Today is #DisabilityStories on Twitter, an international event where we can celebrate the work being done to ensure museums are accessible to all audiences. Later this month we're holding a special British Sign Language interpreted tour of our contemporary art exhibition. We spoke to our curator about the processes behind this and any extra considerations that need to be taken into account for this unique event. 

Our contemporary art exhibition Unseen: The Lives of Looking by Dryden Goodwin closes on 26 July. Our last event in the programme will be a special curator tour and film screening with British Sign Language on Saturday 25.

Unseen: The Lives of Looking follows three professionals with particular relationships to looking Unseen: The Lives of Looking follows three professionals with particular relationships to looking

We have worked with Appa to make sure that the event is specially tailored for our deaf audiences, and we learnt some interesting things along the way that have made us think differently about the exhibition and the theme of looking. After all, visual communication is something central to all our lives, which we often overlook.

We learnt from Appa that ‘Curator’ is a word rarely used in sign language, so we’ll need a quick introduction about what my role is and what it entails. Likewise, I particularly loved the fact that our signer will invent a new sign for the artist Dryden Goodwin’s name, after she has spelt it out once. She’ll probably create a sign that evokes his drawing style, something that is so visually central to the film.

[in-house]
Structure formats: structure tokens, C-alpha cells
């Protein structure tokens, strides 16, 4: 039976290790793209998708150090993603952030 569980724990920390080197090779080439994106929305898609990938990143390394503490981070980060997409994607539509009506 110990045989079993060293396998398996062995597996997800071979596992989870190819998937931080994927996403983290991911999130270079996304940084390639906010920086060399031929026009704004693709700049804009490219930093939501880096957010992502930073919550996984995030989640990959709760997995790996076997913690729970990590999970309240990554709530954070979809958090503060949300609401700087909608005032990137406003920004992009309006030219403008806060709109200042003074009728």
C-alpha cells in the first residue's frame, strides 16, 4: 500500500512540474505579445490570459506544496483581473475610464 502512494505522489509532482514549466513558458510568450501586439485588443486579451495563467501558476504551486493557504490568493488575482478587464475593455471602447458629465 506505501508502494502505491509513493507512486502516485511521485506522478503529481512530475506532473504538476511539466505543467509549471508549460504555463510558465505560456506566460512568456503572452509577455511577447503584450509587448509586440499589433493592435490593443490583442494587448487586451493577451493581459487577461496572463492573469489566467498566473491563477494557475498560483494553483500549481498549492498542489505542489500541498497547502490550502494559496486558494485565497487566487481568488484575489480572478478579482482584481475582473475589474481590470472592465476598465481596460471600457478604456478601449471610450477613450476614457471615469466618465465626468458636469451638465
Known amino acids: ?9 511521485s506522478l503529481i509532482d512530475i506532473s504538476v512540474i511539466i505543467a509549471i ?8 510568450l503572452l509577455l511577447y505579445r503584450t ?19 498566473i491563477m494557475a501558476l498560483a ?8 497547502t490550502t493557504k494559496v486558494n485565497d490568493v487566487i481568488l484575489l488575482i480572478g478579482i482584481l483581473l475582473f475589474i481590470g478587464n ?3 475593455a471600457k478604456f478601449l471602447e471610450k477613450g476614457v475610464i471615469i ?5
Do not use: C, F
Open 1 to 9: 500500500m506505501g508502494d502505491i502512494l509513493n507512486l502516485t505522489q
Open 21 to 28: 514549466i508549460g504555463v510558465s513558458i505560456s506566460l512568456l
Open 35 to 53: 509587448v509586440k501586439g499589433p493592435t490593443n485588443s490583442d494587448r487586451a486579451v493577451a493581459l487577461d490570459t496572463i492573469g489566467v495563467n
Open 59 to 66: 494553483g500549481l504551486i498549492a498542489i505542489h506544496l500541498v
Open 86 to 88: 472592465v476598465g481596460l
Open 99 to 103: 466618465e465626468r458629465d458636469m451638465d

We’re planning to start this tour, unusually, in the third room of the exhibition that introduces the historic figures who tell the history of looking and observing at Greenwich. This will then give us the background against which to introduce Dryden’s work and the participants in the film, and have a look at his drawings and objects, before a signed screening of the film itself.

Dryden Goodwin Gallery in the Queen The third room follows figures with a historical relationship to looking here in Greenwich

I’m really looking forward to how this event will get all of us looking differently at the exhibition, and thinking about how we communicate, observe and record.

For more information on this event visit the website